The following is a guest post by Katherine Blood, Curator of Fine Prints, Prints & Photographs Division. As moderator for the Veterans Art Showcase’s Combat Paper panel, she would like to thank the participating panelists and artists for sharing their knowledge, art, and stories.
The extensive Library of Congress collections of art and documentation related to war, peace, and the military service of veterans include such treasures as the Civil War photographs, including veterans’ portraits in the Liljenquist Collection; posters from World War I; World War II soldier sketchbooks by Victor Lundy, Karl McKenzie, and others; and Maya Lin’s design drawings for the Vietnam Veterans Memorial in Washington, D.C., to name only a few. Recent gifts to the Library have added some extraordinary artworks by, and in honor of, contemporary military veteran artists.
Collaboration between veteran and civilian creators to tell stories of military service and work through trauma using paper made from military uniforms is the centerpiece of a November 7th panel discussion in the Library’s Whittall Pavilion. Co-sponsored by the Veterans History Project and Prints & Photographs Division–it is part of the Library’s Veterans Art Showcase series of events in anticipation of Veterans Day and launching a yearlong commemoration of the Veterans History Project’s 20th anniversary.
Original artworks from the Library’s collections will be displayed during the event, including examples by participating artist/panelists Drew Matott (civilian), Ruth Lynne McIntosh (U.S. Air Force, retired), and Patrick Sargent (U.S. Air Force, retired), along with works by Jesse Albrecht (U.S. Army/National Guard); Dick Iacovello (U.S. Army); Bailey Rogers (civilian, U.S. Air Force veteran daughter, previously Smith); Margaret Sheppard (civilian, previously Mahan); and Eli Wright (U.S. Army). The displayed artworks come from the Library’s Combat Paper Project Collection and recently-acquired works by Patrick Sargent and Erwin Thamm (civilian).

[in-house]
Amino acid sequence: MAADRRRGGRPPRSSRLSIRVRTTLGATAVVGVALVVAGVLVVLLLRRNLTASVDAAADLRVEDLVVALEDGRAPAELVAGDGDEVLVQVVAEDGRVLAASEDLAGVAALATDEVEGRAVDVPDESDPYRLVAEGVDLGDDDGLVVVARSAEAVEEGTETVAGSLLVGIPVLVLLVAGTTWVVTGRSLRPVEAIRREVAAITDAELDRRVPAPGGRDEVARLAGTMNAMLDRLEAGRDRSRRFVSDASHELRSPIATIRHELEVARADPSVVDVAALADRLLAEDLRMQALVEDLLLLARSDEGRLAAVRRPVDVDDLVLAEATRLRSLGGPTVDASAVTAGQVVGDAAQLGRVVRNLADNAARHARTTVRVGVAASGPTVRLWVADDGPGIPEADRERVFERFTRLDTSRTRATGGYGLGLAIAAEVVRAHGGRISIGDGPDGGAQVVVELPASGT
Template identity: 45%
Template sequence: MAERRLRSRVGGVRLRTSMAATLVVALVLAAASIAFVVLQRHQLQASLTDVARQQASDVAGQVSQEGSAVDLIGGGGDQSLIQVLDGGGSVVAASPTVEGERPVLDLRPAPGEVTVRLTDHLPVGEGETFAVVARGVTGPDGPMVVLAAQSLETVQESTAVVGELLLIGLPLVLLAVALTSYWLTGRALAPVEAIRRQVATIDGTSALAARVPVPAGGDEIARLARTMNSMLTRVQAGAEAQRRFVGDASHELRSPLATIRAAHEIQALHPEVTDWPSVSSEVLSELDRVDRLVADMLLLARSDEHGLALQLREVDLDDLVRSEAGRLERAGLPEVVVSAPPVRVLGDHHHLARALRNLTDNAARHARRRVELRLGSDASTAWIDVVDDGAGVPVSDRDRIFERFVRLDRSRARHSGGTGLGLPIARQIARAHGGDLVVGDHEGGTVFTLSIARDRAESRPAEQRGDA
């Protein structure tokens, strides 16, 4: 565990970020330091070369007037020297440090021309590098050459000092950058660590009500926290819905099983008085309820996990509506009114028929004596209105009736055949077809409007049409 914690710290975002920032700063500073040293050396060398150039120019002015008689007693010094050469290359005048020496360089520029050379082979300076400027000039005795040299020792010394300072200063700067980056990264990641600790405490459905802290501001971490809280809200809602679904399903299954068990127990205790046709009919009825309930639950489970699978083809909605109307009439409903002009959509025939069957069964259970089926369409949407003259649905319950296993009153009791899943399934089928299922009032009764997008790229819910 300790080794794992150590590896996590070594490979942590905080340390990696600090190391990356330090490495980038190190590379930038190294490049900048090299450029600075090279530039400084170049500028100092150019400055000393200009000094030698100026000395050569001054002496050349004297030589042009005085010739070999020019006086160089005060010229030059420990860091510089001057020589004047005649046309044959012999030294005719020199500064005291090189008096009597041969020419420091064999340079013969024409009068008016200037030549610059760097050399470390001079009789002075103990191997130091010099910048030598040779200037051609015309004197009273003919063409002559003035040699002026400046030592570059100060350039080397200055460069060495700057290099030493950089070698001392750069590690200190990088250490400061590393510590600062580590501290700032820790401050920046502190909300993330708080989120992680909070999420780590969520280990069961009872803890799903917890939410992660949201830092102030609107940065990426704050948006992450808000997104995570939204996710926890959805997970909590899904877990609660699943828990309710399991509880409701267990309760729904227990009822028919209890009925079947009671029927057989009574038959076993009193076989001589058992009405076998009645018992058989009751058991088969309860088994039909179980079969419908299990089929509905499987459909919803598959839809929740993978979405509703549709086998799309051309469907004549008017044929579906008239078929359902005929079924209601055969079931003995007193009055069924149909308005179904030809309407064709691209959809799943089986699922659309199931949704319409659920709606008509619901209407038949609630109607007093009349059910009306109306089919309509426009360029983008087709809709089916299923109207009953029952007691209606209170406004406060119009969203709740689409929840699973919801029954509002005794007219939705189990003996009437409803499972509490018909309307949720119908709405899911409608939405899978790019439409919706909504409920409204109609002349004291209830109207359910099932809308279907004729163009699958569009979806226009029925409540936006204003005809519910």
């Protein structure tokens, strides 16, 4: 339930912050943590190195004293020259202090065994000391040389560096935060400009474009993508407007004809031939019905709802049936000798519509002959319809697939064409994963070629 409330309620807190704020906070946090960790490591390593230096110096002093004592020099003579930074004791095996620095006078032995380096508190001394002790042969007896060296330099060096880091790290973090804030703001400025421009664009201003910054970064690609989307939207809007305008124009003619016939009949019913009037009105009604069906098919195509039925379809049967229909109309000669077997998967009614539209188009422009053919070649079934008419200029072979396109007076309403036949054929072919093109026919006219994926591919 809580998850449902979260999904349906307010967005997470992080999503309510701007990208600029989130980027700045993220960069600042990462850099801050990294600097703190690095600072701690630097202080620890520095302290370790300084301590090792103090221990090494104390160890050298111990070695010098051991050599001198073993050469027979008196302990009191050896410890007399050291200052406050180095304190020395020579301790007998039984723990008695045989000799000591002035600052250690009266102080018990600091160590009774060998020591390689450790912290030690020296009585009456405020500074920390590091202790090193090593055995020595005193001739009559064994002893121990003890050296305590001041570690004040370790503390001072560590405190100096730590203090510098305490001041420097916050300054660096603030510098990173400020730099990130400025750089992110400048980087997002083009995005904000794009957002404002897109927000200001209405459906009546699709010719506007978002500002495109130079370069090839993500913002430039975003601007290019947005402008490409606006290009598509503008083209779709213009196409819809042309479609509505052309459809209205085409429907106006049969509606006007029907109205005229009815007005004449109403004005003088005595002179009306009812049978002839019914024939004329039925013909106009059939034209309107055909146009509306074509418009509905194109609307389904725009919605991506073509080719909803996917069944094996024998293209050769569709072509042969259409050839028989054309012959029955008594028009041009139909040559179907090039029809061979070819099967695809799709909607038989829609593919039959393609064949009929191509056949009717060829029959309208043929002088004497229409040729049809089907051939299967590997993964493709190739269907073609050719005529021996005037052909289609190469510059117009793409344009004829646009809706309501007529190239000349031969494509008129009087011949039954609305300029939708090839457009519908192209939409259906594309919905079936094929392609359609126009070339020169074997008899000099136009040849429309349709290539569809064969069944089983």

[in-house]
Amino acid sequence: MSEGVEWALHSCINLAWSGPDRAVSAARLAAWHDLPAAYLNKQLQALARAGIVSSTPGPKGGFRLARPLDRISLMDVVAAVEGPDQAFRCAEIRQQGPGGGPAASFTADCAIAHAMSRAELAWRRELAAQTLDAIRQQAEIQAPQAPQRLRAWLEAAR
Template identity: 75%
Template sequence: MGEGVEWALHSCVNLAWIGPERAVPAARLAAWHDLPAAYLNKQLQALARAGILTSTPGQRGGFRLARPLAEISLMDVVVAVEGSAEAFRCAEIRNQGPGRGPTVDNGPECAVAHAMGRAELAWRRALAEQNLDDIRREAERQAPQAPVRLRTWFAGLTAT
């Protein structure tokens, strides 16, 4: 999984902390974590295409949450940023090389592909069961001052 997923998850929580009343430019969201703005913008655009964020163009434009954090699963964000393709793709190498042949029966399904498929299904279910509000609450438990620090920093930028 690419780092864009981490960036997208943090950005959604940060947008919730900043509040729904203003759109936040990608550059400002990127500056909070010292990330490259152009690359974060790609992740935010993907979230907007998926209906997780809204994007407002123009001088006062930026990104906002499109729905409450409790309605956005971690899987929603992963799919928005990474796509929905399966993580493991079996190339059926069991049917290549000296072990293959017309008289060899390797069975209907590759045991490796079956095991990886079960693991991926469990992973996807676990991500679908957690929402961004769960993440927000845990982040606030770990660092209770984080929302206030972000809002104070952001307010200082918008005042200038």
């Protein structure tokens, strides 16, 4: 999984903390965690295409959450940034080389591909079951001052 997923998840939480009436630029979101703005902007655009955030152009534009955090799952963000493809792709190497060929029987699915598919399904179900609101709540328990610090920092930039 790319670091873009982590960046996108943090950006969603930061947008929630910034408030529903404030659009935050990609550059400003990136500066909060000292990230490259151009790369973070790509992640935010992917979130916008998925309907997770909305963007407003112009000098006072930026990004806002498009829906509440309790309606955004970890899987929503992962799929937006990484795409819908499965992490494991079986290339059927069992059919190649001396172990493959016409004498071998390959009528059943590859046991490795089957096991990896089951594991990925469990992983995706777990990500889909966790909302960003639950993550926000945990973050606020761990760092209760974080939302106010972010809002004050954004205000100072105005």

The acquisition of the Combat Paper Project Collection was an outgrowth of the work of panelist and independent scholar Tara Tappert, who came to the Library in 2014-2015 as the David B. Larson Fellow for Health and Spirituality in the John W. Kluge Center. In tandem with her research focused on the use of arts and crafts by the U.S. military for soldier rehabilitation, vocational training, and well-being during and after World War I, she was also curating exhibitions in the U.S., Australia, and the Netherlands, drawn from the portion of the Combat Paper Project collection that she managed. Between 2015 and 2016, Tappert worked with participating artists and Library of Congress curators to facilitate a gift of twenty-two selected artworks from this exhibitions collection.
Iraq war veteran Drew Cameron and civilian artist/papermaker Drew Matott co-founded the Combat Paper Project, inviting veterans to cope with war experiences by creating art using pulped paper made from old military uniforms–often their own. Matott’s discussion will further encompass his current Peace Paper Project work, using papermaking and book arts for social engagement, advocacy, therapy, and community building around the world.
Ruth Lynne McIntosh will describe her ongoing collaboration with Matott which has continued since they first met during a 2009 Combat Paper workshop at The Southwest School of Art in San Antonio, Texas.
Patrick Sargent will talk about his current work at The Torpedo Factory in Alexandria, Virginia, and papermaking workshops that he leads with Captain Moira McGuire for the Walter Reed National Military Medical Center’s Warrior Clinic in support of transitioning warriors. The paper for this artwork was made from old military uniforms as well as Walter Reed medical scrubs. Sargent has participated in The Arts & the Military organization founded by Tappert in 2011 with an ongoing mission to: “…share the complex and fascinating history of The Arts and the Military with civilian and military audiences. We believe an understanding of this honorable history enhances the present-day efforts of medical staff caring for wounded warriors, military personnel at the war front and the home front, and civilians working within military communities.”
- Have a look a the schedule for the Veterans Art Showcase and learn more about the Veterans History Project and its programs.
- Delve into the contents of the Library’s Combat Paper Project Collection by perusing the catalog record. A few have been digitized, but with advance notice, you can arrange to view the originals.
- Explore how the Library’s Combat Paper collection complements other holdings: two were featured in a recent exhibition Art in Action: Herblock and Fellow Artists Respond to Their Times – view the exhibition online.
- Read more about Tara Tappert’s research in the Kluge Center’s 2015 blog post, “War, Trauma, Memory and Art.”
- The Combat Paper collection highlights artistic expression by veterans. Images of veterans has been one collecting focus in the Liljenquist Family Collection of Civil War Photographs–have a look. Monuments honoring veterans, including Maya Lin’s design for the Vietnam War are also well represented in the collections.
As the day of recognition honoring our veterans approaches, it is good to see an exhibit such as this. The socially engaging work put out by the Combat Paper Project provides a clear and focused lens into the multi faceted nature of our veterans. I appreciate the attention given to these artists and their collective voices.